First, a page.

‘Bushland’ is a bleak, fascinating walkthrough of what happens when you die

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‘Bushland’ is a bleak, fascinating walkthrough of what happens when you die


Held over the first weekend of summer, under a shady canopy in Melbourne’s Botanical Gardens, Bushland is an immersive, meditative experience that comes with added insect bites.

The artwork is devised by the UK’s Rebecca French and Andrew Mottershead – a duo who’ve been creating multi-artform experiences over the past 18 years. Part of their Afterlife series, this work is an adaptation of Woodland – in essence, it’s the same work, now nuanced and Australianised with the help of local experts.

The Afterlife series was created to remove the fear of dying alone by going into every specific detail of what happens to your body long after you lose consciousness. Other works take place on a boat, drifting along while hearing how your body decomposes in water (Waterborne), in an art gallery as your mummified body becomes a sculpture (Grey Granular Fist) and at the listeners’ own home, lying in their own bed (Homebody).

With meticulous scientific consultation, the forensic detail removes the listener’s connection to their body, stripping ownership, ego, and any negative emotion associated with dying. Sarah Kants’ soft voice is pitch perfect, forcing you to focus on what she’s saying rather than how she’s saying it. The 21 minutes of audio is poetic and scientific, a balance that captivates you and puts you at ease with life coming to an end.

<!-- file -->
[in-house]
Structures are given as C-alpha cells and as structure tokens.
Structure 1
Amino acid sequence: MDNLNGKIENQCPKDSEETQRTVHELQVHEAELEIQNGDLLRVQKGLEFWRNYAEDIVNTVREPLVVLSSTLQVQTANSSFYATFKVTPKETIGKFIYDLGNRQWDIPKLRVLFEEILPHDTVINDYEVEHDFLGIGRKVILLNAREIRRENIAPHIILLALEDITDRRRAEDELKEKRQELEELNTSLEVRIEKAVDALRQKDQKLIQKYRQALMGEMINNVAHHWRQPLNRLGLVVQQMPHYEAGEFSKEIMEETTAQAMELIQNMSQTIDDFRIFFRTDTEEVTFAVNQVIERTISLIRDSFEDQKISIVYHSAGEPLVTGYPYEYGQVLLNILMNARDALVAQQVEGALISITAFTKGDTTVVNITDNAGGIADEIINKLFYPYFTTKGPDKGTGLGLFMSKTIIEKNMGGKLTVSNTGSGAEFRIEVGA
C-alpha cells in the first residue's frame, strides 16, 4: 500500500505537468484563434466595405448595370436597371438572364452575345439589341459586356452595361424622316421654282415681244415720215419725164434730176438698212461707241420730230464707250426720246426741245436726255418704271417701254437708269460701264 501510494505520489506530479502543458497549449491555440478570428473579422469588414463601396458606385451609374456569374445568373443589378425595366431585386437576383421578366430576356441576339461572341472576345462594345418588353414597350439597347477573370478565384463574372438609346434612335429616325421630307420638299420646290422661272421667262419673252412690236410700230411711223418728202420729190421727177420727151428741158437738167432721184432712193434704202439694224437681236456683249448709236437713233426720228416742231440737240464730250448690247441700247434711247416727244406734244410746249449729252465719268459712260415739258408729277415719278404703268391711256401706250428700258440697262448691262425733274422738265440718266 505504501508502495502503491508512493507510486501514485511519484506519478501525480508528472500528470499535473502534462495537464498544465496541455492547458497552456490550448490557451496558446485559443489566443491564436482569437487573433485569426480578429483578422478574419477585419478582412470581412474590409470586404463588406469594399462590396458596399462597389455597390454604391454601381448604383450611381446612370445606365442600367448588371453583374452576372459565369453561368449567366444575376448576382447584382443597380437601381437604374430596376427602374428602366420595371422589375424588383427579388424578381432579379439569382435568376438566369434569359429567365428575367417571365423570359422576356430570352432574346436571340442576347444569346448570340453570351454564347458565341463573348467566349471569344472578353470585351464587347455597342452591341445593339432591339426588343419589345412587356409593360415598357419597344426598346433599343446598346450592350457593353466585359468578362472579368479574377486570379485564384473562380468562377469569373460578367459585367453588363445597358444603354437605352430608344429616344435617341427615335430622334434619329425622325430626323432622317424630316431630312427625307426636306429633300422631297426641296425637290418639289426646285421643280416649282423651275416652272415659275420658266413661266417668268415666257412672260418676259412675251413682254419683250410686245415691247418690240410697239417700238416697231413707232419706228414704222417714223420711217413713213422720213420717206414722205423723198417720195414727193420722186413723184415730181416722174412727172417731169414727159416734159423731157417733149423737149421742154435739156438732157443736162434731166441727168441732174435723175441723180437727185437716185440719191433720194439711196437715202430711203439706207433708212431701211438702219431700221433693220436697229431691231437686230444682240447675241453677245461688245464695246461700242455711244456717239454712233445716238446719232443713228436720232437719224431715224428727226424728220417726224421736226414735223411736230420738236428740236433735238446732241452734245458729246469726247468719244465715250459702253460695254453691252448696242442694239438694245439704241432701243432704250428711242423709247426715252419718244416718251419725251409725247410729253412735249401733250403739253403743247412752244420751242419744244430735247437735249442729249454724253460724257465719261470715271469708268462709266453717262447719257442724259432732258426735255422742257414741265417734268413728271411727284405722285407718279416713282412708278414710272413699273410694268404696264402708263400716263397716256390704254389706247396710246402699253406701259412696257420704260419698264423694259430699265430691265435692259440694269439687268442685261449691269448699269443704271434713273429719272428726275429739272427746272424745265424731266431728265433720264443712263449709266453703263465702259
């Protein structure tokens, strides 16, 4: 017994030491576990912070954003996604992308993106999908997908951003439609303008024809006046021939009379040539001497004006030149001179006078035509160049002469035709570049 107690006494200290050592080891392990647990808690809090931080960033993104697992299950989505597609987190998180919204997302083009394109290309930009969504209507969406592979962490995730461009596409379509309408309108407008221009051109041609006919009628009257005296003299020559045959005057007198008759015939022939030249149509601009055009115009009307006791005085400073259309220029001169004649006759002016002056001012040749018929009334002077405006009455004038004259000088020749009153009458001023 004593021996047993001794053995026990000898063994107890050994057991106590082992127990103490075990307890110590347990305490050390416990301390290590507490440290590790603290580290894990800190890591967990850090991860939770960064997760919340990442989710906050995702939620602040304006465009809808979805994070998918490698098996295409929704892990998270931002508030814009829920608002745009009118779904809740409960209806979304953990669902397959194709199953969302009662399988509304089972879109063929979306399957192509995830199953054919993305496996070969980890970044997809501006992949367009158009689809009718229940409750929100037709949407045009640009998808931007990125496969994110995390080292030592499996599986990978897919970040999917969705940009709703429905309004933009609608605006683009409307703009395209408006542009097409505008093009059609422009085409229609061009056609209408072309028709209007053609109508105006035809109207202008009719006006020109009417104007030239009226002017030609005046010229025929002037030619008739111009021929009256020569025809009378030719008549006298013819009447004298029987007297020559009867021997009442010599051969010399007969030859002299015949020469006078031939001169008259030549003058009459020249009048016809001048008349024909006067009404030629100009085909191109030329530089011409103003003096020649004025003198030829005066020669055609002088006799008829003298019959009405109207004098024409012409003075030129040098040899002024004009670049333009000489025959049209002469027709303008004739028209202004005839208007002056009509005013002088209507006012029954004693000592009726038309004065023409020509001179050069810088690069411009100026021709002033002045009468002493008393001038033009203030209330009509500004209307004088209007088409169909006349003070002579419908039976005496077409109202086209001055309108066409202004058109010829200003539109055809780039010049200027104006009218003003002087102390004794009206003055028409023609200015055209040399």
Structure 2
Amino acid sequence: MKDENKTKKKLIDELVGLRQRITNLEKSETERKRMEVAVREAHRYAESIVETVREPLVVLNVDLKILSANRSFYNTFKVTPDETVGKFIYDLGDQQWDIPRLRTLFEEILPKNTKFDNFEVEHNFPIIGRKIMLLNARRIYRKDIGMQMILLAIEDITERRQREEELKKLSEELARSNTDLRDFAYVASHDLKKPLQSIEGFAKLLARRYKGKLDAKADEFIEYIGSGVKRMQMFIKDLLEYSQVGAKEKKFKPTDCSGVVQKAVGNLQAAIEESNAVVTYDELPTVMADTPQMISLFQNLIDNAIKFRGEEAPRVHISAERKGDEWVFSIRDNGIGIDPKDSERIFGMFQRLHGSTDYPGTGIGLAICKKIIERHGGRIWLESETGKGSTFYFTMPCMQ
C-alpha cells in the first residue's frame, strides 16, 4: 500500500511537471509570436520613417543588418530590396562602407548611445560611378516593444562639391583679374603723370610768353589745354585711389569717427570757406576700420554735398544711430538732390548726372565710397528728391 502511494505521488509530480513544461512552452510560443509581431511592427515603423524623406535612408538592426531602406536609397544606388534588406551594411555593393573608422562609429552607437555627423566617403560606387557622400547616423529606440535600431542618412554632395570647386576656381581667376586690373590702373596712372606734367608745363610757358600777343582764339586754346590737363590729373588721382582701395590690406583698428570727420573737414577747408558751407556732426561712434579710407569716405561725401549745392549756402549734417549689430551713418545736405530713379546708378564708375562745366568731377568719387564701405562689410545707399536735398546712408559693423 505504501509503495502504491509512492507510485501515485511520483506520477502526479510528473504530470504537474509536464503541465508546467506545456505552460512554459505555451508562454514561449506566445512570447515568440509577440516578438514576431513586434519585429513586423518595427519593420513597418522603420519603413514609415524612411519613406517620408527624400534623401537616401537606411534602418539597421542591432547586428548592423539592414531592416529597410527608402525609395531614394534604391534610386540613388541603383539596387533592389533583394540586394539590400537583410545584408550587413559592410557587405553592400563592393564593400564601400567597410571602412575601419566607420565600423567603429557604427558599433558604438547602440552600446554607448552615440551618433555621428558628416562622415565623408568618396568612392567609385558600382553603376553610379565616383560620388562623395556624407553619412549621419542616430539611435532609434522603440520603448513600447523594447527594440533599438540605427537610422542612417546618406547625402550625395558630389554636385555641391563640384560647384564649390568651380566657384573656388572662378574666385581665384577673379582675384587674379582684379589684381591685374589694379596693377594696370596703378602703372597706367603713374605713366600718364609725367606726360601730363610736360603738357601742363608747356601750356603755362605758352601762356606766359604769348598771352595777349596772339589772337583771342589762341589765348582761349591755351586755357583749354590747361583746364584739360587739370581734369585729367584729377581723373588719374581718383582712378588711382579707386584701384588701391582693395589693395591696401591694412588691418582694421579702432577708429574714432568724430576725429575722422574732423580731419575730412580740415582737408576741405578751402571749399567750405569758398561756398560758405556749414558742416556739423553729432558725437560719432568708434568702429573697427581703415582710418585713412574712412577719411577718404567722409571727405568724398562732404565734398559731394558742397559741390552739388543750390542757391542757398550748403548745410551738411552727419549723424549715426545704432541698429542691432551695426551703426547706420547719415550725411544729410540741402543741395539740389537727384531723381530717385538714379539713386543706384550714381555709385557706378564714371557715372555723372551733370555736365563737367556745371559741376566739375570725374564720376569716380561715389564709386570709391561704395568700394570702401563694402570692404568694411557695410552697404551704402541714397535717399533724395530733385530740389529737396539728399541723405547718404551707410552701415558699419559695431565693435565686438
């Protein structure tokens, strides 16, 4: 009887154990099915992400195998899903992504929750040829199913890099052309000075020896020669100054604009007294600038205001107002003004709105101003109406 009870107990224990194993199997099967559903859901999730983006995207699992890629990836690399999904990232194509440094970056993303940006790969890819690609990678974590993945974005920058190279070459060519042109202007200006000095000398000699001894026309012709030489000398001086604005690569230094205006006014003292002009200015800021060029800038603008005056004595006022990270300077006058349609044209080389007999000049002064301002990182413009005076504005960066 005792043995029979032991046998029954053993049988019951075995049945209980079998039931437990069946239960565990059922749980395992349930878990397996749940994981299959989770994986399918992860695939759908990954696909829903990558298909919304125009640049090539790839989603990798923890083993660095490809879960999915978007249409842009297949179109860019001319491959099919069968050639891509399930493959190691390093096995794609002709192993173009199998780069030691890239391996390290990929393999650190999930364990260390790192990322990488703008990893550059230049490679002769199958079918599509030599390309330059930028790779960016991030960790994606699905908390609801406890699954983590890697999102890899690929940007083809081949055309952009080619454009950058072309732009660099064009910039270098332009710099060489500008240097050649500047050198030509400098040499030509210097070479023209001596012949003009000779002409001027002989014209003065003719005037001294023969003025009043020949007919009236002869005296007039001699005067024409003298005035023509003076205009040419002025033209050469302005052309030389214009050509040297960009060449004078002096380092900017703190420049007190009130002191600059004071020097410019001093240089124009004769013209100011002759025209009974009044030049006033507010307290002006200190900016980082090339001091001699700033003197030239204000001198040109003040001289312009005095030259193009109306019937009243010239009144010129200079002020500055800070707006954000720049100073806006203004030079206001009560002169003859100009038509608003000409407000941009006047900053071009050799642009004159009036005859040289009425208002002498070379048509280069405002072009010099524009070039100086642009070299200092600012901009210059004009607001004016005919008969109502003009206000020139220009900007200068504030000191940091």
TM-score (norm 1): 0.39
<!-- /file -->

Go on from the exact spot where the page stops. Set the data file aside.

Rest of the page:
“It is a list of interactions between the body and the environment, of internal bodily processes, of milestones in the decomposition process, gases and smells, bodily changes, external agents, and the distributed effect of the body in the bush,” says Mottershead, a statement that doesn’t capture any of the work’s beauty.

With lines like “the warm early evening summer sun filters through the gum trees”, “your stench is stronger than ever – decomposing flesh, bodily fluids, and faeces” and “pungent cheese smell”, it’s a visceral account of the biochemical process as you’re slowly and gently subsumed by the earth over thousands of years.

There’s no doubt this work manages to achieve its goal – forcing people to rethink their own death, realising the beauty of immortality, and reinforcing the importance of every moment until that day comes. It’s worth thinking about the end of your life until finally, you leave this world and “your bones become stone”.